This metal spider looks like some kind of creepy-crawly robo-arachnid. It’s made from dozens of tiny stainless steel parts and can be assembled or disassembled without glue. The finished model measures about 4.92″ x 4.92″ x 1.38″. They also make a more complicated steel scorpion kit.
This elegant writing instrument works with interchangeable magnetic pencil tips. The metal tip can write indefinitely with its soft lines, while its graphite tip is ideal for art and sketching. It comes in aluminum, magnesium, titanium, or brass bodies with a wood veneer accent.
Making drones out of lightweight materials is a must if you want them to fly. But Motores Patelo went the opposite direction, and created a flightless drone out of metal. Sadly, he couldn’t record the whole build due to the lockdown, but the finished piece is still amazing… and could easily take off a finger.
The scorpions we encounter here in the U.S. are relatively small, but this oversize metal creature measures 8.25″ long. This awesomely creepy creation is made by Thailand artists Kreatworks using recycled automotive and machine parts. Also, it turns out that there are real scorpions that are almost the same size in South Africa.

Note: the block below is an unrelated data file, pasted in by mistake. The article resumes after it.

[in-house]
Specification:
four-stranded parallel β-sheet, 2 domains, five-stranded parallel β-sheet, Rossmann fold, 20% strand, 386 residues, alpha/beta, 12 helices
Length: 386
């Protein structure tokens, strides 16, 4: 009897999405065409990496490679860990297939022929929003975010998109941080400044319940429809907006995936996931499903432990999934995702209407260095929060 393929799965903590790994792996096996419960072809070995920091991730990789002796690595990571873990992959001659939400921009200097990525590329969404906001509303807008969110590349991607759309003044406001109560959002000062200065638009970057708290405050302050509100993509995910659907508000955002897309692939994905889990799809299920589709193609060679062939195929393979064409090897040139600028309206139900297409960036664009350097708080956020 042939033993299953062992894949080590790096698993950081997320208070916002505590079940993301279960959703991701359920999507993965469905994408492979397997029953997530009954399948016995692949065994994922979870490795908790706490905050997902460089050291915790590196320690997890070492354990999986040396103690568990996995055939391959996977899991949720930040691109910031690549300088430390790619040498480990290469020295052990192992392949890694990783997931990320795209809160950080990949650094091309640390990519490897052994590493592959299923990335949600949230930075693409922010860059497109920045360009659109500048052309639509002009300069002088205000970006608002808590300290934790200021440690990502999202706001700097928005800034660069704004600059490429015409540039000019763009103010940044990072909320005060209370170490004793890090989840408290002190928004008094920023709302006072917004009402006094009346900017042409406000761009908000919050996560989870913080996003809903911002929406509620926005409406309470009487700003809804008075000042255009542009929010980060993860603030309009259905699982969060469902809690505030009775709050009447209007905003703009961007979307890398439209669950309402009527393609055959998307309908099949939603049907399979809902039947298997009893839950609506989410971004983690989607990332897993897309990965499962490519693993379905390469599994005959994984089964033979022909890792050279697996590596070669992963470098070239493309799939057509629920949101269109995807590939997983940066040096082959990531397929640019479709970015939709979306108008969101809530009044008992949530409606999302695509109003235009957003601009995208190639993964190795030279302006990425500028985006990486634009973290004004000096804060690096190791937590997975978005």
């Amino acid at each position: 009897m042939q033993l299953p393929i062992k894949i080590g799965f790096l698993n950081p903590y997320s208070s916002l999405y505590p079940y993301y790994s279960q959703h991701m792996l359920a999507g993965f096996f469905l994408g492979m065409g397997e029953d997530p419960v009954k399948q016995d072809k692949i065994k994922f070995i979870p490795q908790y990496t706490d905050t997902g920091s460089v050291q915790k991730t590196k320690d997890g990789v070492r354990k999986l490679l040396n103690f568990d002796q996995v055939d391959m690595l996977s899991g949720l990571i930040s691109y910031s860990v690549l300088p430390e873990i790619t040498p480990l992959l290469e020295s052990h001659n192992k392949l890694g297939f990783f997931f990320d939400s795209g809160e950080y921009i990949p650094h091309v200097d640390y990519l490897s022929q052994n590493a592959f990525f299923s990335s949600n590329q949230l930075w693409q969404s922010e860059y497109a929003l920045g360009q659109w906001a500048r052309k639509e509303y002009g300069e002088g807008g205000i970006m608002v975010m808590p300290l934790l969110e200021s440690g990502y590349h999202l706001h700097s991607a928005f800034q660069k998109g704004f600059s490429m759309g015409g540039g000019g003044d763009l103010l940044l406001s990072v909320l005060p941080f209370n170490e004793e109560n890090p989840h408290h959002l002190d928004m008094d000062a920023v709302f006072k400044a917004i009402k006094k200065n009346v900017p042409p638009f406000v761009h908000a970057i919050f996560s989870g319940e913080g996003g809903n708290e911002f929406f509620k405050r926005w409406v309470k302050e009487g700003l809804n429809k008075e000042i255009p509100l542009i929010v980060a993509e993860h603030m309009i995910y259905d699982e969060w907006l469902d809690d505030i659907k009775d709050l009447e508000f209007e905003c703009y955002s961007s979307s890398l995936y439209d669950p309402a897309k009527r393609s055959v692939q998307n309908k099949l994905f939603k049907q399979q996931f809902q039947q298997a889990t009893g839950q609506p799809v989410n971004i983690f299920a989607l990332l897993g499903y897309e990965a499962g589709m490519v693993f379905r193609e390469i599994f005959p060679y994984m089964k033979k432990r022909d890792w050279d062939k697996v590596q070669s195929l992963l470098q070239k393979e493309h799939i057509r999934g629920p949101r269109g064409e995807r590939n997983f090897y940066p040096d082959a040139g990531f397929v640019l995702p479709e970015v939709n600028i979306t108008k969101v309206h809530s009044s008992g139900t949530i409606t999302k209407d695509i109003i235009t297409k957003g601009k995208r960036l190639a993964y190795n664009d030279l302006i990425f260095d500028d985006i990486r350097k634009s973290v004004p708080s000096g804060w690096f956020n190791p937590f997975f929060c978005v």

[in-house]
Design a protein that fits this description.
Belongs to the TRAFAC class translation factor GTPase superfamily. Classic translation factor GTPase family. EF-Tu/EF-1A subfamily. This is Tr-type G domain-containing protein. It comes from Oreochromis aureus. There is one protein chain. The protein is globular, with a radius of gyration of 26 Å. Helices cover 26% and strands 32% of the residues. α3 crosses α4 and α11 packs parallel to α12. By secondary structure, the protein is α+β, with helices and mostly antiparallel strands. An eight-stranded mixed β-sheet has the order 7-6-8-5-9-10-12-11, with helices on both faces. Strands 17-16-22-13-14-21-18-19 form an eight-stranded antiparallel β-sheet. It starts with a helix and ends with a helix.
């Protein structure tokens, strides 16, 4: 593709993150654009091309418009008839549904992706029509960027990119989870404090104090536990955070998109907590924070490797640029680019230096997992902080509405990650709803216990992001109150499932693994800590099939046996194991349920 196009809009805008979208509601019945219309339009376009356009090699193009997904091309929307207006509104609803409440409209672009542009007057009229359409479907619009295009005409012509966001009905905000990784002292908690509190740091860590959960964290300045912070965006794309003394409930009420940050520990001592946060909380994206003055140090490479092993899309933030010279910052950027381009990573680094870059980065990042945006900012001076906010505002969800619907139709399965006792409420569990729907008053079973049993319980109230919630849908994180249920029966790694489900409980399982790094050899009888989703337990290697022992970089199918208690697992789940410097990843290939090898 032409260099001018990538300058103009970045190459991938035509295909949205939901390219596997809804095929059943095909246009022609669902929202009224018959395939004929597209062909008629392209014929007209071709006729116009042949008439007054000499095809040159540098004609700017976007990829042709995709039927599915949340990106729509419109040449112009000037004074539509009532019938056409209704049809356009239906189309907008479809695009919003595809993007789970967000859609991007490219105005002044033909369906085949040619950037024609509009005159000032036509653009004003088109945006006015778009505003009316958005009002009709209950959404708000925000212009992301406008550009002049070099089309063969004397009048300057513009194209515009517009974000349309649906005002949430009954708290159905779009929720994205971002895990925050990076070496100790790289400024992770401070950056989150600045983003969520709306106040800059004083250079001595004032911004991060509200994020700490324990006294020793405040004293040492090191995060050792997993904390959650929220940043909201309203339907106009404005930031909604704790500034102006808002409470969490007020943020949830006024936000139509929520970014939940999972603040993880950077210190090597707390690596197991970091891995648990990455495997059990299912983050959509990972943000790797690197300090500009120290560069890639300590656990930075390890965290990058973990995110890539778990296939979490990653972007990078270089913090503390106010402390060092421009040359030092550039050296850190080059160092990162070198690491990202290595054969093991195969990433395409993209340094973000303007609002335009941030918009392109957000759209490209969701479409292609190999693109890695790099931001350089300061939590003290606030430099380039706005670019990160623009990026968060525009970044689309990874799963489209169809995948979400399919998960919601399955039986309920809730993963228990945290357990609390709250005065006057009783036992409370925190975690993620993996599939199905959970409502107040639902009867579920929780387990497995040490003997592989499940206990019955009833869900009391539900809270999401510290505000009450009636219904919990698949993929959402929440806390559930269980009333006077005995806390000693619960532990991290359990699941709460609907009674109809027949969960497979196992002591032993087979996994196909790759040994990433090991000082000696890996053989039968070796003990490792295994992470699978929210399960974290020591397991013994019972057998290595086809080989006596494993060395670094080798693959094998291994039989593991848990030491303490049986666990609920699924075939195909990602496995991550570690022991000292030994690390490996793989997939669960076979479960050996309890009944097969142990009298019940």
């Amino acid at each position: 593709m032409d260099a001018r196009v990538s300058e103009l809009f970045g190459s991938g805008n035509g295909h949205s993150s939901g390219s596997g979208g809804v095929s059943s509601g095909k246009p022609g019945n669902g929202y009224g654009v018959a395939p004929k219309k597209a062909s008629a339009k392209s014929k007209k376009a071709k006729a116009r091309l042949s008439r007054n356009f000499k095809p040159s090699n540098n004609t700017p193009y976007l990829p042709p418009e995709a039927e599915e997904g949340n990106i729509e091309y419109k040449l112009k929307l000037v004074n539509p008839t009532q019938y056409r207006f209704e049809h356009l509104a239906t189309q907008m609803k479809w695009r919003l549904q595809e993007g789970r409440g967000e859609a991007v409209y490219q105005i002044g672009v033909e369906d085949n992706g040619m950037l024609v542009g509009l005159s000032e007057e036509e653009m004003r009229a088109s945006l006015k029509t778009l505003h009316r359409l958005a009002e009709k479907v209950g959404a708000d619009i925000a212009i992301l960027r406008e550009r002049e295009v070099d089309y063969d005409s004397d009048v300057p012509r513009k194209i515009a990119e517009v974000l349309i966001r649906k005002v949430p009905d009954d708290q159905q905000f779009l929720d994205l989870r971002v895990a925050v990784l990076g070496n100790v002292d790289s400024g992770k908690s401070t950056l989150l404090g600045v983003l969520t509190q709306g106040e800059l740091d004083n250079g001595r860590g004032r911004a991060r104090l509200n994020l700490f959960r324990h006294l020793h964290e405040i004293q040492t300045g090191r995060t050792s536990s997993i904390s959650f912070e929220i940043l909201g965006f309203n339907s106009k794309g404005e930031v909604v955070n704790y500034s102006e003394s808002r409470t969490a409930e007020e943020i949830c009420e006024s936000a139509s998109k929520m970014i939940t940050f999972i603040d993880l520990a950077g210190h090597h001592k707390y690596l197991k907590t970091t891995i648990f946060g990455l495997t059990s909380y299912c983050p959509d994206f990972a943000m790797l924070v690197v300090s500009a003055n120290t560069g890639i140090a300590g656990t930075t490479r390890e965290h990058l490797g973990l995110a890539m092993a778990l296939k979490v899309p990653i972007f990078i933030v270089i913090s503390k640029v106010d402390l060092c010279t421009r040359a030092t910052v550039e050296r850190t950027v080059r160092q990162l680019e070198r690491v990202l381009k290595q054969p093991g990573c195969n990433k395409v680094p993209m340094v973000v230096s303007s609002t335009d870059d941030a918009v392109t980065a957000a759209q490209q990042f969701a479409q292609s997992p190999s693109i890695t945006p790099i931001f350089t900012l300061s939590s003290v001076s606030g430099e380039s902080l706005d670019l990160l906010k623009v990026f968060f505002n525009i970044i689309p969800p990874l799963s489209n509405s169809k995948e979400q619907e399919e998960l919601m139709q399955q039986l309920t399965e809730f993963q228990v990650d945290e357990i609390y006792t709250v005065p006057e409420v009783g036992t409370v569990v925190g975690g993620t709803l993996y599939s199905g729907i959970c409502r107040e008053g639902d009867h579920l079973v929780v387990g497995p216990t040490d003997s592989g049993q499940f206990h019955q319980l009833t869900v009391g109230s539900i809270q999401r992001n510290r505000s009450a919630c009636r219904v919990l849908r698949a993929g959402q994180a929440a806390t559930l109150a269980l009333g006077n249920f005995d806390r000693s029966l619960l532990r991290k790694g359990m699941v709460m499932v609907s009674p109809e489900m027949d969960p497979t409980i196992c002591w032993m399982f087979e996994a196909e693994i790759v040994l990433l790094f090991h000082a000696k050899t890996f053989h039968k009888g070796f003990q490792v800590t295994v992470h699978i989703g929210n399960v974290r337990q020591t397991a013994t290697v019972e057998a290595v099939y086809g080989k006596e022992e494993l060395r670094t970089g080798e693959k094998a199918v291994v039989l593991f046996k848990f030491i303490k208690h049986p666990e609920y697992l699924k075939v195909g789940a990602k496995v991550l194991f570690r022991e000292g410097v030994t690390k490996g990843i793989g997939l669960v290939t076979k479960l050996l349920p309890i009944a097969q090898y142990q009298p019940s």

One reason metals are so wonderful is because they can be melted down over and over again to form new objects. In this video from Rob Bonifacio, he shows us how he took some Canadian copper pennies and dimes, layered them with high-carbon steel and forged them into a Damascus blade for a knife. Part two here.
We recently saw some unusual axes, but they didn’t include one made by inflating metal. Maker Connor Holland is back with another very cool project – a lightweight axe he created by welding pieces of sheet metal, then expanding them with air into a pillow-like axe and handle. He attached bent steel blades to give it a sharp edge.
When it comes to cups, disposable styrofoam ones are some of the most wasteful. Robinson Foundry has a solution to the problem – instead of making them out of difficult-to-recycle polystyrene, cast them out of molten metal. We love those aluminum packing peanuts too.
Apple’s AirTags help keep track of your possessions. Give this useful gadget a proper home on your keychain or bag with one of Saegusa’s metal carabiner clips. They’re made in Japan from a single piece of stainless steel, brass, or Duralumin aluminum alloy – the latter coming in a black, green, or navy anodized finish.